• If the recoverable amount is fair value less costs to sell, the basis used to determine fair value less costs to sell (such as whether fair value was determined by reference to an active market for an identical asset) [Paragraph 130(f) of MFRS 136].
  • If the recoverable amount is value in use, the discount rate(s) used in the current estimate and previous estimate (if any) of value in use [Paragraph 130(g) of MFRS 136].

Upon reviewing the replies relating to the above disclosure requirements, another issue commonly identified relates to the discount rate applied on the cash flow projections (if recoverable amount is the value in use) for impairment assessments. For example, there was a case whereby the Group is financed by equity and borrowings. However, the discount rate used in its value in use (VIU) computation was much lower than the Group’s average borrowings rate and clearly below the industry average.

Paragraph 55 of MFRS 136 Impairment of Assets states that the discount rate shall be a pre-tax rate that reflects the current market assessments of the time value of money and the risks specific to the assets. Appendix A of MFRS 136 Impairment of Assets provides additional guidance on estimating the discount rate for VIU computation.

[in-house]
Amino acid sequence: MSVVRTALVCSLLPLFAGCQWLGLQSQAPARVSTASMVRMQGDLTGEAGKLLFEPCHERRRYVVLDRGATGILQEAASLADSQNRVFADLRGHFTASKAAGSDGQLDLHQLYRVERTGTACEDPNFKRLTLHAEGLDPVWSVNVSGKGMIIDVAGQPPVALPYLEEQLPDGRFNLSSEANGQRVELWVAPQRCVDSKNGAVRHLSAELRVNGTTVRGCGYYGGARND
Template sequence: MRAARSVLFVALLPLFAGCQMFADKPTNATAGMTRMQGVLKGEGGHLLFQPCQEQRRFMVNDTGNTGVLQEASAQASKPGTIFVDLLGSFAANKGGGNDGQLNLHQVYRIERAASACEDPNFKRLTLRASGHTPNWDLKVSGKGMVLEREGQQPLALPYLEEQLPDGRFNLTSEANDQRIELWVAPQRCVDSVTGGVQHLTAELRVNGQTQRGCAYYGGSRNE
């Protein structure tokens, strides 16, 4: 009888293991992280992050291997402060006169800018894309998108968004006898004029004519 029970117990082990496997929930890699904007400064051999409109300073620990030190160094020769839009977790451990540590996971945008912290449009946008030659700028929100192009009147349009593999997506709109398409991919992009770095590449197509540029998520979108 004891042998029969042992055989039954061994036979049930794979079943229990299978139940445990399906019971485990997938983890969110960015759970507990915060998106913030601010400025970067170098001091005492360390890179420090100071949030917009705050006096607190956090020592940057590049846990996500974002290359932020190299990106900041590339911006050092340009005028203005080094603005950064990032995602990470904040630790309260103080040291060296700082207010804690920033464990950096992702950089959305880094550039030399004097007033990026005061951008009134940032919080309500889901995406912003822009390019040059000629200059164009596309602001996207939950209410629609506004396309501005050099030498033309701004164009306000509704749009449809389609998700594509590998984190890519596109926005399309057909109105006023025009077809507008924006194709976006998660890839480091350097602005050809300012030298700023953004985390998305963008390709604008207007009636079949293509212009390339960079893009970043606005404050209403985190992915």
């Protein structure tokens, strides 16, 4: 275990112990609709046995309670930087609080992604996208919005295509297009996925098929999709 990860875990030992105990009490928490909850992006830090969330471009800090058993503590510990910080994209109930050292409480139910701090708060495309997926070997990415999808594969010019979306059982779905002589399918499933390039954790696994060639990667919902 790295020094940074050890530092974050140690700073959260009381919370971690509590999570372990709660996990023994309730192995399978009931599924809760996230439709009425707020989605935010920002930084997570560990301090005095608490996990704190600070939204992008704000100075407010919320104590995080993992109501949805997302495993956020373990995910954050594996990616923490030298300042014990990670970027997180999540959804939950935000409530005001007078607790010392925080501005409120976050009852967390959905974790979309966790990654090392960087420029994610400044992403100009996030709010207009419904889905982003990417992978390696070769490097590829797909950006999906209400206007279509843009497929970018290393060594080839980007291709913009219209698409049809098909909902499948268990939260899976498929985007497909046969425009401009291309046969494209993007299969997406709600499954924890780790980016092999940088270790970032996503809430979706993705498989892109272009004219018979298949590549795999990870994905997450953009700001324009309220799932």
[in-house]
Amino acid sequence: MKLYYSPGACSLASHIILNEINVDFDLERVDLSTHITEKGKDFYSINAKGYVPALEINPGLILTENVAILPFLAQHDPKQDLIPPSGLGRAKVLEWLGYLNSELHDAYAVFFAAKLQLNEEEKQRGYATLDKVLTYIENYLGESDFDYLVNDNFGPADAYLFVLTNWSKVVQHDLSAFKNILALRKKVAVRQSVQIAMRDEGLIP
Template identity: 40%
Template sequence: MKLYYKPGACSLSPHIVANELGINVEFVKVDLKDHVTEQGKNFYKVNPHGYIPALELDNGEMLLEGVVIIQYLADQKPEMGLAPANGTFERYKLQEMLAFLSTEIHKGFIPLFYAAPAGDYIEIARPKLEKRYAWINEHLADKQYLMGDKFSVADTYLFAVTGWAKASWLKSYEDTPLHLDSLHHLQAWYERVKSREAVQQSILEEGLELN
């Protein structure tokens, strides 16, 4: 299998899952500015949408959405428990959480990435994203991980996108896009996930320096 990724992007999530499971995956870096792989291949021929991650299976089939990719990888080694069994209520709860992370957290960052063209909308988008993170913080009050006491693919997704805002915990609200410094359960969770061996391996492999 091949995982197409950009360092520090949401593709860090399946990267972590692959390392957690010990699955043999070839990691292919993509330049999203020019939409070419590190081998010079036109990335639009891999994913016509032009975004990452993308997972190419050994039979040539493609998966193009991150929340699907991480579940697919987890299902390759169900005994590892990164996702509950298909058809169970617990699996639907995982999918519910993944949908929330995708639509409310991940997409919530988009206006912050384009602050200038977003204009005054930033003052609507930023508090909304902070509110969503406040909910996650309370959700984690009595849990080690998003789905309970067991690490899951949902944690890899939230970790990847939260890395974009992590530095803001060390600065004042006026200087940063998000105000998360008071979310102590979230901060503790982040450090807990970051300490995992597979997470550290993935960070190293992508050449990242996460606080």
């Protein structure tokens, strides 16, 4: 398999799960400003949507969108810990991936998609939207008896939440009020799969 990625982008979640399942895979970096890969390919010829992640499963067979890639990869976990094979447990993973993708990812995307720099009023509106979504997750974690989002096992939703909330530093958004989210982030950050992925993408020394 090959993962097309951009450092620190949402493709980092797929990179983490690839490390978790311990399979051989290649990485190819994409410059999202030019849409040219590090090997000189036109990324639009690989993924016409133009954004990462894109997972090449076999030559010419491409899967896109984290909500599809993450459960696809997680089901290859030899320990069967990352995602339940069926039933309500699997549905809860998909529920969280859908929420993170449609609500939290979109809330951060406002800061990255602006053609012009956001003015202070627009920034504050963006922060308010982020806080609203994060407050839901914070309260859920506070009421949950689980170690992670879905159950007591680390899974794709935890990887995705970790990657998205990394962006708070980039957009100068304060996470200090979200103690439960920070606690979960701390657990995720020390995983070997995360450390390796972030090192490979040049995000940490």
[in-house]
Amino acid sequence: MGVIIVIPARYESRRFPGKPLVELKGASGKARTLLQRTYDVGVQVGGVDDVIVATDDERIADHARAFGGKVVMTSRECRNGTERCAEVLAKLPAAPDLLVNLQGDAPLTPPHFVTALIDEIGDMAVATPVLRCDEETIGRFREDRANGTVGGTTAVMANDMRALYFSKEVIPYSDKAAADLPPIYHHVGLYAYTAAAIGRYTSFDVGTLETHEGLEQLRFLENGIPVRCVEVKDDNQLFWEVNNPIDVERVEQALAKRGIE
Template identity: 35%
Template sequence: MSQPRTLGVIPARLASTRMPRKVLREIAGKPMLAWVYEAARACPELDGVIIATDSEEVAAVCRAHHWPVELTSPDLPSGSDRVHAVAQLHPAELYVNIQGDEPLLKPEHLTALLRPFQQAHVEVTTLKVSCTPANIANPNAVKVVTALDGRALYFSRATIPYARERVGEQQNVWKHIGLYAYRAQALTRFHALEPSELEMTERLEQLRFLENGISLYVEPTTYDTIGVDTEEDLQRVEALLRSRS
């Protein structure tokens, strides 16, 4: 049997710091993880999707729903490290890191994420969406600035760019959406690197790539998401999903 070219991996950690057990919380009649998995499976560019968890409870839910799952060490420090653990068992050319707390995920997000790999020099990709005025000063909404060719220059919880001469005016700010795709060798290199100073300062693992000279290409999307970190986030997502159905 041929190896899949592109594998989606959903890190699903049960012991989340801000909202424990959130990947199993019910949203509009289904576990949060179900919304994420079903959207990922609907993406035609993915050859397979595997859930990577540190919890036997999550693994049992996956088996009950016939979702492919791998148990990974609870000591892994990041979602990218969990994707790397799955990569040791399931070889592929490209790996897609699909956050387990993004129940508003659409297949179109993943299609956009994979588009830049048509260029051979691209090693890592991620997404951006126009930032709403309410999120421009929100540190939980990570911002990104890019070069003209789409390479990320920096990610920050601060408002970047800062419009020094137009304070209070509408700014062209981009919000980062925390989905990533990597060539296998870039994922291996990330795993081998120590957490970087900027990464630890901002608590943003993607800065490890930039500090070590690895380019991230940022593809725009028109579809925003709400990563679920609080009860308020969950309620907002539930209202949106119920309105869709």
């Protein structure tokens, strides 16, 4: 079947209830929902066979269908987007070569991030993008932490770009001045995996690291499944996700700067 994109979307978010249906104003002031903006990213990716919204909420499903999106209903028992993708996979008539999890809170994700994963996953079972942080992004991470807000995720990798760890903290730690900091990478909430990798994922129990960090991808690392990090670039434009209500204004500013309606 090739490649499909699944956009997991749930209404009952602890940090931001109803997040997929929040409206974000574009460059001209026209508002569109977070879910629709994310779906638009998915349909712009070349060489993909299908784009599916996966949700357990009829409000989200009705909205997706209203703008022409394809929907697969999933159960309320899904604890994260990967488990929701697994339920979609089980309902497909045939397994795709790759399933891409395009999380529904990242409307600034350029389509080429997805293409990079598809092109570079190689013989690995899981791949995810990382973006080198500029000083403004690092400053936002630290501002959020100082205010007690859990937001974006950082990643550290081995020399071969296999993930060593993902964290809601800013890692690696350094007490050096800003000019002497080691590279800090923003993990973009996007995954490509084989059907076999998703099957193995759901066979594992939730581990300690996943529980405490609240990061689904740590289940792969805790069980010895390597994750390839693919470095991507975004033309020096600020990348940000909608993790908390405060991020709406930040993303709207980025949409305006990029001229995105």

We also noted the adoption of key assumptions that were related to financing activities and therefore should not be incorporated in the VIU computation for impairment testing on property, plant and equipment. Paragraph 50(a) of MFRS 136 Impairment of Assets states that estimates of future cash flows shall not include cash inflows or outflows from financing activities.

iv. Financial Guarantee Contracts (Disclosures)

A parent company may issue corporate guarantees to financial institutions to secure credit facilities extended to its subsidiary companies. These corporate guarantees are financial guarantee contracts (FGCs) that meet the definition of financial liabilities and shall be recognised and measured in accordance with MFRS 9 Financial Instruments.